Ants in Japanese maple

I have a Japanese maple that I have shaped as an outdoor bonsai that has lots of ants in it. They are clustered at the extremities in the new growth, much like aphids on new rose buds. Are they harmful to the plant? I can detect no damage, but then I just noticed them yesterday.
HH
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snipped-for-privacy@comcast.net says... :) I have a Japanese maple that I have shaped as an outdoor bonsai that has :) lots of ants in it. They are clustered at the extremities in the new growth, :) much like aphids on new rose buds. Are they harmful to the plant? I can :) detect no damage, but then I just noticed them yesterday. :) :) HH :) :) :) They might be hiding aphid activity with their numbers...not harmful, just an indication something is going on to attact them such as honey dew from other insects to "sap" from the tree itself (can't recall if J maples have sap issues)
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Ants don't feed on plants, so it could be that there were or are aphids on the new growth and that's why the ants are there, filling up on the honeydew -- a nice name for the sticky excrement of the aphids --left by the ants.
Suzy, Wisconsin, Zone 5

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snipped-for-privacy@wi.rr.com says... :) Ants don't feed on plants, so it could be that there were or are aphids :) Technically they don't feed on plants, but some ants do extreme damage to plants. (not in OPs situation) http://citybugs.tamu.edu/FastSheets/Ent-1029.html
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My thanks for all the replies. I had another look and found ladybugs on the Japanese maple. On closer examination, I also found aphids, so the replies were right on target. My local gardening guru, who happened to drop by, confirmed the diagnosis. She explained the symbiotic relationship between aphids and ants. I will wash the lot off with water. Tomorrow I will release a bag of ladybugs and apply a nontoxic spray.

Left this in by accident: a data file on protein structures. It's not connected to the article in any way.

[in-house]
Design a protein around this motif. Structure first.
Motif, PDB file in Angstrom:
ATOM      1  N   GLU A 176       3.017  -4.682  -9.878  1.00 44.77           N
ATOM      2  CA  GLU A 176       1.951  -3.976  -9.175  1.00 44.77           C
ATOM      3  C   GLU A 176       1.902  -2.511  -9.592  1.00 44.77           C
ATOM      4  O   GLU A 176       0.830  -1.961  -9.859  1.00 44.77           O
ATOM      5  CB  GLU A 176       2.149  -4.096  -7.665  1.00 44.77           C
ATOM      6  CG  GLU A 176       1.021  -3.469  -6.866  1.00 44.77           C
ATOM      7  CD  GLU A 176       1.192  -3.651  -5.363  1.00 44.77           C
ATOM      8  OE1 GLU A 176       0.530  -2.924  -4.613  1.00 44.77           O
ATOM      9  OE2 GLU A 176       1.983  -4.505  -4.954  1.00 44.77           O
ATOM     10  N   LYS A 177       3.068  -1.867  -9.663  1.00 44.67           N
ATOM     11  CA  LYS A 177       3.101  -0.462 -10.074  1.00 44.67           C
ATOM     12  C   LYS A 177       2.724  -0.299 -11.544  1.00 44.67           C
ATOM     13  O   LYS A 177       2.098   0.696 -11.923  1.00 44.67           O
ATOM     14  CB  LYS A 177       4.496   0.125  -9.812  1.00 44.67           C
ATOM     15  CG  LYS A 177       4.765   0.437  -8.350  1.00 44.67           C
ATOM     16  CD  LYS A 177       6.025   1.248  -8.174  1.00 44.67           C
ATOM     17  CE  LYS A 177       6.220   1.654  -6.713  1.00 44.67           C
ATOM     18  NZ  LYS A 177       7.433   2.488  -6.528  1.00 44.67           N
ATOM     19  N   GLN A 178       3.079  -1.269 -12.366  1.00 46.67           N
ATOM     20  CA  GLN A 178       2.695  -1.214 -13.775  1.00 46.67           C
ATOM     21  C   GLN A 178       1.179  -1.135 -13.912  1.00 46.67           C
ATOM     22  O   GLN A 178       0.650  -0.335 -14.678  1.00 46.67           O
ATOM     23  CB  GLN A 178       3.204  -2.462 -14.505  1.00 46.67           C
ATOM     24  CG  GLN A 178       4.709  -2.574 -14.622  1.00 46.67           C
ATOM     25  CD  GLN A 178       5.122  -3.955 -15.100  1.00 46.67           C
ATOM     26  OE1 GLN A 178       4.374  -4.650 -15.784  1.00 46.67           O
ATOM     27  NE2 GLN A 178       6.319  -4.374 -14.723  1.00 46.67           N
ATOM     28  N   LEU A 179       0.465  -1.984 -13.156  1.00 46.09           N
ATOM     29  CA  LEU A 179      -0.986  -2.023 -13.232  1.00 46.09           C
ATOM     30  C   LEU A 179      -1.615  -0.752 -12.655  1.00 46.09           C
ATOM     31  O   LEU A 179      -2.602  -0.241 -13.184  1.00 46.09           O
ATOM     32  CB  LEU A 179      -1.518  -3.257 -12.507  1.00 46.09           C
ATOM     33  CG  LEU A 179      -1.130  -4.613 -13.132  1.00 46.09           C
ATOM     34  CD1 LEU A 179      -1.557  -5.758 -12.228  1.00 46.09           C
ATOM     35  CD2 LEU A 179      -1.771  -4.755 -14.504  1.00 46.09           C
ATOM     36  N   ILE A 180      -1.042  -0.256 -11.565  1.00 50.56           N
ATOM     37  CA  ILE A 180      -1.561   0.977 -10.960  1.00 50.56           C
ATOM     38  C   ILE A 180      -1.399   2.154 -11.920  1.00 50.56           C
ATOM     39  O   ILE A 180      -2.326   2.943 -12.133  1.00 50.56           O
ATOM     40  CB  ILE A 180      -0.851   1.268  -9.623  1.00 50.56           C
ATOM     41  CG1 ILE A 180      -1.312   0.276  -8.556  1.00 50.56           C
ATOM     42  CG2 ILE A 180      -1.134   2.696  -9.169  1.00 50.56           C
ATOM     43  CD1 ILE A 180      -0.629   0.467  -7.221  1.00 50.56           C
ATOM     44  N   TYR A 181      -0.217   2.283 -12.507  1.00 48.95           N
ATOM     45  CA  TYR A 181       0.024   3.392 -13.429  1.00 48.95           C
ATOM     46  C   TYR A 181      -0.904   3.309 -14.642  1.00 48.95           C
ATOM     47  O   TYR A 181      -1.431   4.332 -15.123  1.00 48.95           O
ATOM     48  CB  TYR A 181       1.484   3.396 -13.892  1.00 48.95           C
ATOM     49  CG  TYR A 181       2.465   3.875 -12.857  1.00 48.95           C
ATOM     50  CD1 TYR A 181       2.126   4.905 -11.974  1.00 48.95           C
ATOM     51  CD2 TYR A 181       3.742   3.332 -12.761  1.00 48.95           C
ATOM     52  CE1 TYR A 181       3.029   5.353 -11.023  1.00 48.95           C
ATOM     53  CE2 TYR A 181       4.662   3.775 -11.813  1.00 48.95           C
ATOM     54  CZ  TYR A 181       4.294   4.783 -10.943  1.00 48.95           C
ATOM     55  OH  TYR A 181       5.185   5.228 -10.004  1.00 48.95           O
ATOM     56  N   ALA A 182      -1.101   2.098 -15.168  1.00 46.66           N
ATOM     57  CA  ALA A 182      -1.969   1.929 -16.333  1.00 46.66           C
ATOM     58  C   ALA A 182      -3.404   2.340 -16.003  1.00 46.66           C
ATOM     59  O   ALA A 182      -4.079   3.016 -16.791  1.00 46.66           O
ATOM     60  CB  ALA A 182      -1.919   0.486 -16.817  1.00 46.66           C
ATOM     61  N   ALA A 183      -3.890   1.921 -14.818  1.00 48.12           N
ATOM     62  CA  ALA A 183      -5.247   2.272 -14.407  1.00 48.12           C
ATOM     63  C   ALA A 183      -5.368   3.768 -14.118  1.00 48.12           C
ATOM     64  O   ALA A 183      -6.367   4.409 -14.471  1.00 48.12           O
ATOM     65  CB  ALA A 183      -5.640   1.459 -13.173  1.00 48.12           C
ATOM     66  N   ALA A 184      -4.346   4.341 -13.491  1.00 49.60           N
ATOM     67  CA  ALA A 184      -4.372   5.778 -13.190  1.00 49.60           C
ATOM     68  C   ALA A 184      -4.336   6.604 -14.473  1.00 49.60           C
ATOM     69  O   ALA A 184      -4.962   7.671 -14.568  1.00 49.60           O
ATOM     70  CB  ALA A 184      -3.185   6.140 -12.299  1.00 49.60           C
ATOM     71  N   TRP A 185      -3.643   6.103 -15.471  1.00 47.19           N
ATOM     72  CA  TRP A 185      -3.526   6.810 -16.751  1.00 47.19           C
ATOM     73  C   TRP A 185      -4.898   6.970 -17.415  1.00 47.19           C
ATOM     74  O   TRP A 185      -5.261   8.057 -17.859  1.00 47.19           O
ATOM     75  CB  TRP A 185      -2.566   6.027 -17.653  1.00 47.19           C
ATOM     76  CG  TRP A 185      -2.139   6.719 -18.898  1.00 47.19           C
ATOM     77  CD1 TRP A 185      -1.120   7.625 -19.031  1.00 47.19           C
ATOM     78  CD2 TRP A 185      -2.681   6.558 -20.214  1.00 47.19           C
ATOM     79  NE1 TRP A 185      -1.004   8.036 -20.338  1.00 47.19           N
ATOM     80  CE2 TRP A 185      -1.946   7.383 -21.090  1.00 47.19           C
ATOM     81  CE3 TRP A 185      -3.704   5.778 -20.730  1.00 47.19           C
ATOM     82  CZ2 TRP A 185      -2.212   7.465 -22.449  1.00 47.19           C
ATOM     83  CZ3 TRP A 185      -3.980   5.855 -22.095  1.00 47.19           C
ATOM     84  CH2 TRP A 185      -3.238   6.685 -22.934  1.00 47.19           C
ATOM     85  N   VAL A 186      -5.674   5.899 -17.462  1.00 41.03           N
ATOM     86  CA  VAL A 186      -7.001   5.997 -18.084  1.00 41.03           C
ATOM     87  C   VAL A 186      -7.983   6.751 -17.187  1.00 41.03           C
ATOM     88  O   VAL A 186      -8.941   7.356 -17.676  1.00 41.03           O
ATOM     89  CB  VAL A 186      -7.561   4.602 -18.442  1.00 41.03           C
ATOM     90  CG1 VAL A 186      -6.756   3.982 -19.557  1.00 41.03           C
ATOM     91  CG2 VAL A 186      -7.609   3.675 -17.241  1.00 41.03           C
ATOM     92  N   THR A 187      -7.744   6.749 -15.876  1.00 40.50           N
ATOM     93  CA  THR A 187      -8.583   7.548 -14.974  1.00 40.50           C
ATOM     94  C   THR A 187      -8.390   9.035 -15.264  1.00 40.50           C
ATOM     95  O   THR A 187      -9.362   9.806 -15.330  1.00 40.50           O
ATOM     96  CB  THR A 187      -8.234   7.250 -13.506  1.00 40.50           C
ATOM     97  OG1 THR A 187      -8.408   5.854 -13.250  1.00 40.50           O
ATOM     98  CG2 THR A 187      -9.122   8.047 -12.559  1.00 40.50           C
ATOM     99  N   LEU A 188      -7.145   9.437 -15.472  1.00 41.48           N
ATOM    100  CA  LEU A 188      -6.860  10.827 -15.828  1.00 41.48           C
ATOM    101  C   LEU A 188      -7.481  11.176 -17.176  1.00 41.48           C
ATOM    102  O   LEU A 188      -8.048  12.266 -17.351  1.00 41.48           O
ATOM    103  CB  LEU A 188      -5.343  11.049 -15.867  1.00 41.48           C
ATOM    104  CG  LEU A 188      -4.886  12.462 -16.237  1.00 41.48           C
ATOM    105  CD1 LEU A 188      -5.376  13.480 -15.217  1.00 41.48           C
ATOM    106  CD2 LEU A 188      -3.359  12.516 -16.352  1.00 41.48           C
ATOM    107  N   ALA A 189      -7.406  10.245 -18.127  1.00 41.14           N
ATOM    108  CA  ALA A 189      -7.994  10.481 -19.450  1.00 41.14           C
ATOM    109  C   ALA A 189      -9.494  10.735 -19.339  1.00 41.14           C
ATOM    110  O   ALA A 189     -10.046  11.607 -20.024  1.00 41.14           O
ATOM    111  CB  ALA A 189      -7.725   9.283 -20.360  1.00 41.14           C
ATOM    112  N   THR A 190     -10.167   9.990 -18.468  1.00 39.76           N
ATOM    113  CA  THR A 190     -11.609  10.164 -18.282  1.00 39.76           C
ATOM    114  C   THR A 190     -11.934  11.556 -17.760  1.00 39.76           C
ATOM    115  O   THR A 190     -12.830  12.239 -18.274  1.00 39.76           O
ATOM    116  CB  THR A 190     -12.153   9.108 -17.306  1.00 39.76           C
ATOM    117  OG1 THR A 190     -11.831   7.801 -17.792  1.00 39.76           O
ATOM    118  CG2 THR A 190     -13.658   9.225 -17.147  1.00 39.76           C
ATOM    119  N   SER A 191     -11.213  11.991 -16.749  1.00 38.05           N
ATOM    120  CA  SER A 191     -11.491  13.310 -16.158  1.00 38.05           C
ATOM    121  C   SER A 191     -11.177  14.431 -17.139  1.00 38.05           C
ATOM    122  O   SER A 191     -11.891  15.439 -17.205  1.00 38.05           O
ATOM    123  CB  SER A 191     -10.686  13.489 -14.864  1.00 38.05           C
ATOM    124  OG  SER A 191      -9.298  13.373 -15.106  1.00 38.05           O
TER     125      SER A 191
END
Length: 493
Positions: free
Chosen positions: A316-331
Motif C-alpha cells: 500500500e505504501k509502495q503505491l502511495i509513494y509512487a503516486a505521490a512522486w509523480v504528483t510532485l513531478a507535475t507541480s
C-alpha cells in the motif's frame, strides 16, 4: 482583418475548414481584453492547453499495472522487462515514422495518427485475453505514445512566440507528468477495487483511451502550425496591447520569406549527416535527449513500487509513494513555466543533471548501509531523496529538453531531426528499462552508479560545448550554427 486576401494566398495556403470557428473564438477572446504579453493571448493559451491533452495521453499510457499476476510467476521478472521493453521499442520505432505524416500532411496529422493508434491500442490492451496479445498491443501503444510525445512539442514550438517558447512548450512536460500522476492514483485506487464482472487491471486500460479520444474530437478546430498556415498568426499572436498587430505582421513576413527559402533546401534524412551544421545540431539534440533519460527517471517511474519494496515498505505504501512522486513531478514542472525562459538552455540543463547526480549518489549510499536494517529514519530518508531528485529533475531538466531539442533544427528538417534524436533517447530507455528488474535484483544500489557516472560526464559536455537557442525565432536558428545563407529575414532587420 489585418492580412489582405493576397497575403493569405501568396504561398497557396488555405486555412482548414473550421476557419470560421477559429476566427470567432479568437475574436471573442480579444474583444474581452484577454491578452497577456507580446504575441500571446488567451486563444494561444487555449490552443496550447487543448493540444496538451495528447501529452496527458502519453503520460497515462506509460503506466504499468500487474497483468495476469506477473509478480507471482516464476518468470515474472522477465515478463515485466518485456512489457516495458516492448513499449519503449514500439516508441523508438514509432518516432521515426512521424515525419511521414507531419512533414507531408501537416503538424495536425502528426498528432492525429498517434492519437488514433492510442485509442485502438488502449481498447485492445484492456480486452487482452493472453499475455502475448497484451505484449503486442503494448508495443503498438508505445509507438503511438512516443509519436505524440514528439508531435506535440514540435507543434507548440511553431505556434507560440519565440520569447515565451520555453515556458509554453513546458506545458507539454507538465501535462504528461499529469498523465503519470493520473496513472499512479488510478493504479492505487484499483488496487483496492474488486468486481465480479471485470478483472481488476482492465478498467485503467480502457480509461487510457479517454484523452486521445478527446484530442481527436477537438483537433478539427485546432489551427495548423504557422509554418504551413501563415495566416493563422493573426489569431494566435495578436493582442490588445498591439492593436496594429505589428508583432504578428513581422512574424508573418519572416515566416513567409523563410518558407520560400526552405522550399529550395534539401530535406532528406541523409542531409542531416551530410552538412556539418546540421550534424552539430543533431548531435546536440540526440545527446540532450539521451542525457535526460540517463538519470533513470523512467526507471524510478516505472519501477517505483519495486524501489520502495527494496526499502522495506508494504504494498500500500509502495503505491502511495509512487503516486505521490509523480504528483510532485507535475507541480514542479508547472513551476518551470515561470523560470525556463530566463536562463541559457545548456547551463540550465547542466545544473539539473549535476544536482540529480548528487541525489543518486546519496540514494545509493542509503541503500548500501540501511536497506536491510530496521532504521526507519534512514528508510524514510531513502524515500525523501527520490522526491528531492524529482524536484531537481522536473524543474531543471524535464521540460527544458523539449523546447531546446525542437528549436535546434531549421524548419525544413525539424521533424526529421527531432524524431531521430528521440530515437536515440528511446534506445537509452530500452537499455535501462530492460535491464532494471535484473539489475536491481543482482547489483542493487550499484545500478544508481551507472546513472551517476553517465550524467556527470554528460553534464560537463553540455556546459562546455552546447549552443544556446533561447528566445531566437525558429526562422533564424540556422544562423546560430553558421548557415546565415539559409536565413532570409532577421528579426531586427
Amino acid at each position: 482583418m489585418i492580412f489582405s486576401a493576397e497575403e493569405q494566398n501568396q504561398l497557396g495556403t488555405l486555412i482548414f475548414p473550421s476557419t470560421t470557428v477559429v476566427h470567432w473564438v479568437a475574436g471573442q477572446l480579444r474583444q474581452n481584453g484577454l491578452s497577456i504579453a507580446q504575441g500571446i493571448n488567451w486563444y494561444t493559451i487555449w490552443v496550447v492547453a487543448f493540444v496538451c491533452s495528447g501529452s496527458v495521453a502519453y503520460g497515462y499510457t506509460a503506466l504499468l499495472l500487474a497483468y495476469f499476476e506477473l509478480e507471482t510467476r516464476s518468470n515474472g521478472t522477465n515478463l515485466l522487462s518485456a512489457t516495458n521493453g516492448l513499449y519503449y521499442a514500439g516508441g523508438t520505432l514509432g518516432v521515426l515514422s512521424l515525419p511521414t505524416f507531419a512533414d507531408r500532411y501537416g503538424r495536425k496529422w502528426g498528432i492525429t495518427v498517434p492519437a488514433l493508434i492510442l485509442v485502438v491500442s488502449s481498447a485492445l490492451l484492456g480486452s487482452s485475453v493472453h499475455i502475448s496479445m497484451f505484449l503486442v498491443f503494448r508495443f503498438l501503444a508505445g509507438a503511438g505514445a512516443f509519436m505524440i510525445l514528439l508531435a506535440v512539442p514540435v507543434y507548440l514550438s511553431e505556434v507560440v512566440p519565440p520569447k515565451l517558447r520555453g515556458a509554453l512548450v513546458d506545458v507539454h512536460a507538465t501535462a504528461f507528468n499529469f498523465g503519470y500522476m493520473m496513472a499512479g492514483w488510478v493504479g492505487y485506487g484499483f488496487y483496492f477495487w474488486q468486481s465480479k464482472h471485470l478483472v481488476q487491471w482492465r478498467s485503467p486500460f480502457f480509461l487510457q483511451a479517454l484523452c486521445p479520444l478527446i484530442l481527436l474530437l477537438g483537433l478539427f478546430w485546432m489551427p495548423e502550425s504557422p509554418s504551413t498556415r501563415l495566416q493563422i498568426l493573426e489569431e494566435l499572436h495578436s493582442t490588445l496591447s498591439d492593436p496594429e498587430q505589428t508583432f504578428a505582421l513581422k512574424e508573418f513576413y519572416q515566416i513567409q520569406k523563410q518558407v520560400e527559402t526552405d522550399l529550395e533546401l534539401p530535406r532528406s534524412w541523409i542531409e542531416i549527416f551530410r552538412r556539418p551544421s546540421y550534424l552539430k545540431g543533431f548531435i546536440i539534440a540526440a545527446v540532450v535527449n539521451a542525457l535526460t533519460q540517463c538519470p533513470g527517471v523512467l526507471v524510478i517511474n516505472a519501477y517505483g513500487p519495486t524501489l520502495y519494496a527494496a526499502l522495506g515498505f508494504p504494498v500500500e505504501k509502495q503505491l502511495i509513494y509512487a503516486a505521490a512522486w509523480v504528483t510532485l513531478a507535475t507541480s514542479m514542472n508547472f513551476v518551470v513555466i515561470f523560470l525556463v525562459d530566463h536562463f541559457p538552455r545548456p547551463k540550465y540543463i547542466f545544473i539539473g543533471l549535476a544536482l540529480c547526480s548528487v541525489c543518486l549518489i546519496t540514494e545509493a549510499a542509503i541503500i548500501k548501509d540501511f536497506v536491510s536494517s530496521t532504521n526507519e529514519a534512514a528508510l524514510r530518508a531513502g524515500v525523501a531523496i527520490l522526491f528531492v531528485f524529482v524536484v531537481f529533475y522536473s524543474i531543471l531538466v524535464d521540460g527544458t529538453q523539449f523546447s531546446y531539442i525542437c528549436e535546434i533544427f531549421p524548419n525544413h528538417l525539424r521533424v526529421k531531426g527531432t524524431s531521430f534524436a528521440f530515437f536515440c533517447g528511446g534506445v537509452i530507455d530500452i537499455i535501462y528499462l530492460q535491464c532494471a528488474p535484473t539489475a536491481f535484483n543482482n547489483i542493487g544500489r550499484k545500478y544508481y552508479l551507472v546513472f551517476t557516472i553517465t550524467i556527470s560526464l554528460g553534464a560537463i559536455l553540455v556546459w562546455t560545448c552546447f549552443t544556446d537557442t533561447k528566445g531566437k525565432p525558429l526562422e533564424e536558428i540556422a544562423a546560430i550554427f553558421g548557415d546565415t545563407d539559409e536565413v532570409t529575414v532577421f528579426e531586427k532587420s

HH

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snipped-for-privacy@comcast.net says... :) aphids and ants. I will wash the lot off with water. Tomorrow I will release :) a bag of ladybugs and apply a nontoxic spray. :) :) :) hmmm assuming you mean a spray that is non(low)toxic to people, but toxic to the aphids? you probably don't want to apply the insecticide after you release ladybugs for it will effect them too.
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says...

Thanks for that caution. The spray was recommended by the said gardening guru who knows a lot more about gardening than I. I will confer with her about the spray and read the label carefully. If any doubt remains, I will rely on the ladybugs and praying mantis, if necessary supplemented by the water spray.
HH
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